Identification, Images, & Information
For Insects, Spiders & Their Kin
For the United States & Canada
Clickable Guide
Moths Butterflies Flies Caterpillars Flies Dragonflies Flies Mantids Cockroaches Bees and Wasps Walkingsticks Earwigs Ants Termites Hoppers and Kin Hoppers and Kin Beetles True Bugs Fleas Grasshoppers and Kin Ticks Spiders Scorpions Centipedes Millipedes

Fall Fund Drive

TaxonomyBrowseInfoImagesLinksBooksData
Photo#1062635
Sitticus male - Sittiflor sylvestris - male

Sitticus male - Sittiflor sylvestris - Male
Packsaddle County Park, Marion County, Oregon, USA
May 2, 2015
Size: 4 mm
My wife found this adult male salticid on a large riverside boulder. It appears to be a male Sitticus and resembles some of the BG photos of S. fasciger, but possibly some others as well... We did not get any photos in the field, but collected and transported the spider home, where it was chilled, photographed live and then preserved as a specimen the next day. This seems to be a difficult and confusing genus, literature-wise... The (presumably) matching immature female (?) found at the same location on a nearby boulder is here:


Images of this individual: tag all
Sitticus male - Sittiflor sylvestris - male Sitticus male - Sittiflor sylvestris - male Sitticus male - Sittiflor sylvestris - male Sitticus male - Sittiflor sylvestris - male Sitticus male - Sittiflor sylvestris - male

Moved
Moved from Sitticus.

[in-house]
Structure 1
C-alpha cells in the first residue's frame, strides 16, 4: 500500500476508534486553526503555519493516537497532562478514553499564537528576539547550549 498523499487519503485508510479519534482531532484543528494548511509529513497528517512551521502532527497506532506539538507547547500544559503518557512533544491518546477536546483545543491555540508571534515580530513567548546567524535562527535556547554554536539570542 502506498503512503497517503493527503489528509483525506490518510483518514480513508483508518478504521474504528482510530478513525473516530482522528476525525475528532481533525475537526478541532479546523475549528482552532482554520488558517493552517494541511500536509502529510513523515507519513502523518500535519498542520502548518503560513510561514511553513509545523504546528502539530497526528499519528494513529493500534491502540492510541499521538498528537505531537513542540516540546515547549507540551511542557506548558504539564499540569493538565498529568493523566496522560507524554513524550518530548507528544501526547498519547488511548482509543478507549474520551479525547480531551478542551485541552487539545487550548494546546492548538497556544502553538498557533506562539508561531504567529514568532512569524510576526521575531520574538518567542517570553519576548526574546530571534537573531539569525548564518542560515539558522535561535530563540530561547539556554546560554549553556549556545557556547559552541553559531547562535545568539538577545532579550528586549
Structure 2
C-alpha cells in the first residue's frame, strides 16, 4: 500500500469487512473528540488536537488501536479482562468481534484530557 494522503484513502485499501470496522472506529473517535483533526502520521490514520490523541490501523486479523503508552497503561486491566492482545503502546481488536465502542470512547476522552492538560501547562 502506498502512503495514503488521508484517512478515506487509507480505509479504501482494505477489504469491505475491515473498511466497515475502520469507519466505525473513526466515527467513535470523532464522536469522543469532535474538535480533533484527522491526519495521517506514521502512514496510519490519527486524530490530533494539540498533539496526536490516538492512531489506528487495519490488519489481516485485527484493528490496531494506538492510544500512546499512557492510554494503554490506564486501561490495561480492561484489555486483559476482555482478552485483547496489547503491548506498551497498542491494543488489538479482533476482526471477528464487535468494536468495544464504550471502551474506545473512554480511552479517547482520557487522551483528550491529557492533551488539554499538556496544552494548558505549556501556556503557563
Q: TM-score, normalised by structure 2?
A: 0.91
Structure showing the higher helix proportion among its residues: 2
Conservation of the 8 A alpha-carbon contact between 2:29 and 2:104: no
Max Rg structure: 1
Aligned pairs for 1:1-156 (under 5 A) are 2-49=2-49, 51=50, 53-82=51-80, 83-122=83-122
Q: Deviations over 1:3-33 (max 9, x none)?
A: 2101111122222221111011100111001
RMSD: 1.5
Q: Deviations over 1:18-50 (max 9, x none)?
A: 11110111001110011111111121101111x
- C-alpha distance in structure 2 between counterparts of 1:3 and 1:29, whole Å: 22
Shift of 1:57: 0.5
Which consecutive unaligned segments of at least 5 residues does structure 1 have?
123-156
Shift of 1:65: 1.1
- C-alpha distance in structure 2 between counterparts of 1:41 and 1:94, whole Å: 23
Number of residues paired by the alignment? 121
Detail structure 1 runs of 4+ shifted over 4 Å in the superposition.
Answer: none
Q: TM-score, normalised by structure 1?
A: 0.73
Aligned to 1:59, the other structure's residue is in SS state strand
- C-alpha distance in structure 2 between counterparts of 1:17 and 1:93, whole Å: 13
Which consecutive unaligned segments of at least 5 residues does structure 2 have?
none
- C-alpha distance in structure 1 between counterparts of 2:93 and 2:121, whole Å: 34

S. sylvestris -
now seems the best fit, after getting input from Rod Crawford (see below) and Tim Manolis. The palps of palustris and sylvestris seem very similar to me, but the dorsal pattern is much closer to sylvestris...

Although the WSC doesn't formally recognize sylvestris, the species is apparently recognized by Wayne Maddison, and Tim pointed out to me that this is noted in Logunov and Kronestedt 1997: "Also, S. sylvestris Emerton has been recognised by W. P. Maddison as a separate species, being closely related to S. caricis (Westring) (B. Cutler, pers. comm.)".

So I think I'd like to move this to a new S. sylvestris species page, but I understand this might be a bit controversial given that we use the WSC as our gold standard...

 
Perhaps
a compromise could work for now. Under Araneomorphae there is a No Taxon page which has a description that reads: Unidentified spider egg sacs, webs, and retreats.

I would be in favor of creating a No Taxon page with a description that reads Sitticus sylvestris. That would allow it to appear in the Guide and yet be consistent with the WSC until the literature catches up. Your thoughts?

 
Sure -
you mean a "no taxon" page under Sitticus? Sure, that sounds fine to me - good idea.

 
Yes
I would create it under Sitticus. I don't know if this has ever been done before, but this seems an appropriate time to make one.

 
Sounds good -
do you think we need to post something in the Arachnology Forum to get other input? Otherwise, I'm happy to create the no-taxon page (or you can) and move the images there now...

 
Hmm...
Probably not a bad idea to post in Arachnology forum and/or Editors Forum before doing additional legwork. I'll let you make the page when the time comes; you're more than qualified.

 
Done -

 
So far -